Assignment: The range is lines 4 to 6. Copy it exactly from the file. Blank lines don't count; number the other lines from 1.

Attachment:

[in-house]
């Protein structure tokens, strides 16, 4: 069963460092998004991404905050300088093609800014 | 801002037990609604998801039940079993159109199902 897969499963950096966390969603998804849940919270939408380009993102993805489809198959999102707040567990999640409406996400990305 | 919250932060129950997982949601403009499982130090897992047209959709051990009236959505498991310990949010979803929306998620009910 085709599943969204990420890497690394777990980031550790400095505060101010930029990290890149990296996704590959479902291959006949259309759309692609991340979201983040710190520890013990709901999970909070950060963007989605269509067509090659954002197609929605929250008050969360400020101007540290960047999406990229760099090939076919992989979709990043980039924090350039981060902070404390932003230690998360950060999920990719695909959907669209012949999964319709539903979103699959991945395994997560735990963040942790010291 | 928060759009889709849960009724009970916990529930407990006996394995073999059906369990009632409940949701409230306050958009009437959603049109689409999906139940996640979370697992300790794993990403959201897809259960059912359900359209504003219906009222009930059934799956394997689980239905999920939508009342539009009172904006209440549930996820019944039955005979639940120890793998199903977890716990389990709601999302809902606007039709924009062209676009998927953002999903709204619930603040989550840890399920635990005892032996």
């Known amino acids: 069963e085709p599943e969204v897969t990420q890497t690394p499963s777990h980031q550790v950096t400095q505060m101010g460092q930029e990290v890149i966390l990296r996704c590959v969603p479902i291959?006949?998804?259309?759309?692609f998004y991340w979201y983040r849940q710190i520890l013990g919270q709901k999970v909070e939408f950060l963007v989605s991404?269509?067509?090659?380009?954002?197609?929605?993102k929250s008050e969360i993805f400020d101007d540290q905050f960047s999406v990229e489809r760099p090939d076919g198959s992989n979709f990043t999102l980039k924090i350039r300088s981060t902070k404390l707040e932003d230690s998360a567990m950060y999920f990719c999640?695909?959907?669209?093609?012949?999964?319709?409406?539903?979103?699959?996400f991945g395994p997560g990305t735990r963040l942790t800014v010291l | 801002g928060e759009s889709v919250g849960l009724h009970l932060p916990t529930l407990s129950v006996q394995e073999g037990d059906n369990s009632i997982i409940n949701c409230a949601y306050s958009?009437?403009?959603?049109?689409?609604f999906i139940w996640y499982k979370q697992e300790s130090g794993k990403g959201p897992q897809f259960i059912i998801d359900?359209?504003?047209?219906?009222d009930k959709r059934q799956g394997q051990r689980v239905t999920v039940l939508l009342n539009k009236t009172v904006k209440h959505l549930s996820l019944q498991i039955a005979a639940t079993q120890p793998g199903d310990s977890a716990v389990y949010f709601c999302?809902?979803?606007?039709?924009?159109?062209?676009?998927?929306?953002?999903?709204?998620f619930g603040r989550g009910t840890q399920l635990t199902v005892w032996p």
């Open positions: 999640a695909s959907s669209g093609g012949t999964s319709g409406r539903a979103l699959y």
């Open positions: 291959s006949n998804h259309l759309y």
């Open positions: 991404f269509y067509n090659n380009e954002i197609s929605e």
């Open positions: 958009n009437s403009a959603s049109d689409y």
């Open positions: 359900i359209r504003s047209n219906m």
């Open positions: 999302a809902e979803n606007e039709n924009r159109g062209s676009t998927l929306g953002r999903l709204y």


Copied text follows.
């Open positions: 999640a695909s959907s669209g093609g012949t999964s319709g409406r539903a979103l699959y």
């Open positions: 291959s006949n998804h259309l759309y």
């Open positions: 991404f269509y067509n090659n380009e954002i197609s929605e």